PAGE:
Similarly difficult is the issue of power quality, the consistency of power flow into the home and its lighting system. ďEventsĒ like lightning strikes and power surges can affect LED lights in different ways than they impact older systems. Moreover, the addition of SSL networks to existing power, cable TV and telephone networks Ė often clustered together on the same utility poles Ė can result in interference that compromises one or all of the networks.
Poplawski also cited the problem of ďdriver reliability.Ē Old-fashioned ďdriversĒ Ė or lamps -- are often inappropriate vehicles for new-fashioned LED bulbs, causing problems like overheating that can shorten the operating life of the new bulbs. If the bulbs blow out earlier than promised, the advantage of the new technology shrinks significantly.
Indeed, thousands of new bulbs screwed into old sockets and ancient sconces have died well before their predicted demise, souring many consumers, especially the Congresswoman from Minnesota, on the promise of LED lighting. ďYou donít know,Ē lamented Poplawski, ďwhere people are going to stick things.Ē
In the end, Poplawski found himself suggesting an infrastructure problem similar to that hindering the use of electric automobiles. The installed power-supply base is incompatible with the new forms of power.
President George W. Bush launched the lightbulb wars in America by signing the Energy Independence and Security Act of 2007, which recommended a phase-out of the tungsten-filament bulb. Five years later, however, Rep. Bachmannís cherished GE Soft-White is still ubiquitous in the land. Apparently, it will remain so for many years to come, glowing wastefully beneath dusty shades in graceful but obsolete drivers (lamps).
Things like this should only be driven by the market. If you make a better mouse trap, the world will beat a path to your door. As soon as it is more economical for me to buy SSL, I will switch. Until then, you know who will be getting my hard earned dollars. For the government to step in and mandate the change is just more of our liberties evaporating.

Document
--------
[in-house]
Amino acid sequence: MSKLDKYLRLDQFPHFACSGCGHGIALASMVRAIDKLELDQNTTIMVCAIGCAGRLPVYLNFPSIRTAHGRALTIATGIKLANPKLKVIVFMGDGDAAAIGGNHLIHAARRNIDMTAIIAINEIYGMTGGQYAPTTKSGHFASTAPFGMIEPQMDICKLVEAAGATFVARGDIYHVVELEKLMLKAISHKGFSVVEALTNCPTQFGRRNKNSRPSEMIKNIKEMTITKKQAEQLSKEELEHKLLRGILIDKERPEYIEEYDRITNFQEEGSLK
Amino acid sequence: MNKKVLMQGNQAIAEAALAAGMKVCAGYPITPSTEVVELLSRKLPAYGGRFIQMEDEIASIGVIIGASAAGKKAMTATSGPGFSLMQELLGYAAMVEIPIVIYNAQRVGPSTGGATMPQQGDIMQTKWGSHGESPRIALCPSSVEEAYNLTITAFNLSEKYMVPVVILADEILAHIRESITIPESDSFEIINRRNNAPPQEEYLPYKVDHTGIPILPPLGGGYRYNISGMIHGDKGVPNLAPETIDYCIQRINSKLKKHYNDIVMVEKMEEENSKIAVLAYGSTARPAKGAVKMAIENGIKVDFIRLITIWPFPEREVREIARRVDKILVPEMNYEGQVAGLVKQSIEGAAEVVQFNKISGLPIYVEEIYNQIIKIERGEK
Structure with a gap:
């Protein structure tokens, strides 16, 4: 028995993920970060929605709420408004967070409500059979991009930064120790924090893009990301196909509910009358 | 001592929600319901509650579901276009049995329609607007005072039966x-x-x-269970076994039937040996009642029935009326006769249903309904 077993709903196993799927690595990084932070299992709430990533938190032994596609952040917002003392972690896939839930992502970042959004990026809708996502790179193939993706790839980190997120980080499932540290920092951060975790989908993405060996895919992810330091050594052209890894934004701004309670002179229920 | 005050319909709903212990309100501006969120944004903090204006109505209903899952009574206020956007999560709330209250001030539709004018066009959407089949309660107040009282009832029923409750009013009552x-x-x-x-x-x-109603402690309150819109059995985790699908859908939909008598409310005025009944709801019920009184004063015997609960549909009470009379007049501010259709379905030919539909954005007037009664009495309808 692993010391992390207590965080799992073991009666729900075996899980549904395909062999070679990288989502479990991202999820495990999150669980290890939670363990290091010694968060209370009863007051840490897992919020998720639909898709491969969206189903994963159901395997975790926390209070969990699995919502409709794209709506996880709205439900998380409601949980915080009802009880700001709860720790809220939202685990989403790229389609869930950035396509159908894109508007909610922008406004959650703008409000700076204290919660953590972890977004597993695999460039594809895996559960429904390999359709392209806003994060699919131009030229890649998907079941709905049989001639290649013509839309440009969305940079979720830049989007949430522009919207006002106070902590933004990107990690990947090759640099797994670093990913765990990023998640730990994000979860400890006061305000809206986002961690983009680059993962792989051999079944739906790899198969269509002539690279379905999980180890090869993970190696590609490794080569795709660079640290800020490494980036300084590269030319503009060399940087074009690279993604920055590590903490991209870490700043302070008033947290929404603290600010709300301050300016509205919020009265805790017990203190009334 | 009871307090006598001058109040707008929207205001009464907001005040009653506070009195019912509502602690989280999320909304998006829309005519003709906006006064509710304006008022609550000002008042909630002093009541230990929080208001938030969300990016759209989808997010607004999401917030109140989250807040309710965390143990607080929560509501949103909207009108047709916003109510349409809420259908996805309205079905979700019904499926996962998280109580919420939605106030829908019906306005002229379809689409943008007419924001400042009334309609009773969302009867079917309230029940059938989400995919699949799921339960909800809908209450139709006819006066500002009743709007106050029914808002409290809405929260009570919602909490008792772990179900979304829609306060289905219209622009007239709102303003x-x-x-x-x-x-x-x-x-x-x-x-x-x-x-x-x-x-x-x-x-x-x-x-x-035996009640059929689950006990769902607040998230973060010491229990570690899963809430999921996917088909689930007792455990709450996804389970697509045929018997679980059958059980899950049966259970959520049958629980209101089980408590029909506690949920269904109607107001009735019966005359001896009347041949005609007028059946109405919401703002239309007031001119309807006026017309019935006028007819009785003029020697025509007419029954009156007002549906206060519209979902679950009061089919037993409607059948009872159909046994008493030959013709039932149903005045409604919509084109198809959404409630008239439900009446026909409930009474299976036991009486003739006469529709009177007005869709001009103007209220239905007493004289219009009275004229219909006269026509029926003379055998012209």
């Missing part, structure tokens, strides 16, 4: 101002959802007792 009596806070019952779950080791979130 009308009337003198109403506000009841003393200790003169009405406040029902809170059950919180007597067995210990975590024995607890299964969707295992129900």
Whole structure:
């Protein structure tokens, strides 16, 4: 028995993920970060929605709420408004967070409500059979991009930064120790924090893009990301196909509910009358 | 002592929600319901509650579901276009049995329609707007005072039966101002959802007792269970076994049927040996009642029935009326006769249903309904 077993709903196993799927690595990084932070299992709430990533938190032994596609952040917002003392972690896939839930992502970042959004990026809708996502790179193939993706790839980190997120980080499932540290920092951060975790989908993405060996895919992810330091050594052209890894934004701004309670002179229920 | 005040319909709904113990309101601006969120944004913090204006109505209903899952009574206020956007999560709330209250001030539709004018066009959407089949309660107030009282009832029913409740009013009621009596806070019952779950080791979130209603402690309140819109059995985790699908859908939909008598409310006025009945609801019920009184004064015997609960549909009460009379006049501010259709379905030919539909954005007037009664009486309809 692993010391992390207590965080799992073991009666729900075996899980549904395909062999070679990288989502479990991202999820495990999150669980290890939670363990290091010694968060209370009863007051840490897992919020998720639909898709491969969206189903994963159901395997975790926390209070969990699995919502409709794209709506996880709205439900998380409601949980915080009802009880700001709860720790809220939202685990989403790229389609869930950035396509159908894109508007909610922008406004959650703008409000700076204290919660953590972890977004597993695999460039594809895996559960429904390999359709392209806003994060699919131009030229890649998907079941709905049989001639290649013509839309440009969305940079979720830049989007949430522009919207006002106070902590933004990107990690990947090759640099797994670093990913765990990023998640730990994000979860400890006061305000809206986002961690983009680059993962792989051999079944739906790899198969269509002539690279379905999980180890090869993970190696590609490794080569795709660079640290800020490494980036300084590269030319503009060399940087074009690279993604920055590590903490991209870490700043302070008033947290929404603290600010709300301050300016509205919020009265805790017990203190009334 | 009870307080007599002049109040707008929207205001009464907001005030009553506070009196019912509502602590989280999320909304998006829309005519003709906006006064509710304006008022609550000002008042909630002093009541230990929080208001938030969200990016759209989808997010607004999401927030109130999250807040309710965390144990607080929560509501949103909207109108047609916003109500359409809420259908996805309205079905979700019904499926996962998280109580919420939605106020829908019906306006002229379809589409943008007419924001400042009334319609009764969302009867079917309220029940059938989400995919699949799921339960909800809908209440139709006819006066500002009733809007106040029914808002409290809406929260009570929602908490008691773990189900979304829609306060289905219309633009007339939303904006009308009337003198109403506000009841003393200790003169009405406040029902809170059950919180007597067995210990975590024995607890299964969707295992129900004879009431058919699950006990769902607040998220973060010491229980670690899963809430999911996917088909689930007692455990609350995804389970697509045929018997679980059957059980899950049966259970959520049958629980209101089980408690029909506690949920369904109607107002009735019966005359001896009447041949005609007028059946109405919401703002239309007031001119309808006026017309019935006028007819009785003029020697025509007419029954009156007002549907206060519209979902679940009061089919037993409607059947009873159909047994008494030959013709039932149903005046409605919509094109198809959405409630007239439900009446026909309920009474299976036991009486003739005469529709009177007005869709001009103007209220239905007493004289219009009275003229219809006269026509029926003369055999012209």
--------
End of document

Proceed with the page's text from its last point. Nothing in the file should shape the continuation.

Your liberty to consume petroleum sourced fuel to generate electricity to waste in an inefficient means, becomes my social cost in supporting a global military tasked with securing oil flows around the world. The push for more electrical efficiency in appliances and in lighting and industrially is to reduce how much we depend on petroleum.
The market change to SSL lighting is, contrary to public and misinformed opinion, not government mandated on a national level, but subscribed to a global convention. The incandescent light bulb is not banned, but at the end of it's production in countries around the world. When countries such as China can make the change to SSL or the less expensive CFL technology due to the huge advantages for energy and the dependence on non-renewable energy, they now set the example while we, the US believe everything is big government and an infringement of our rights. We live in a global world. Turn on your computer and look around sometime.
I think SSL will be the future considering the fact that it offers many advantages like power saving and longer term reliability. But at the same the infrastructure around the power generation and distribution also shall be improved.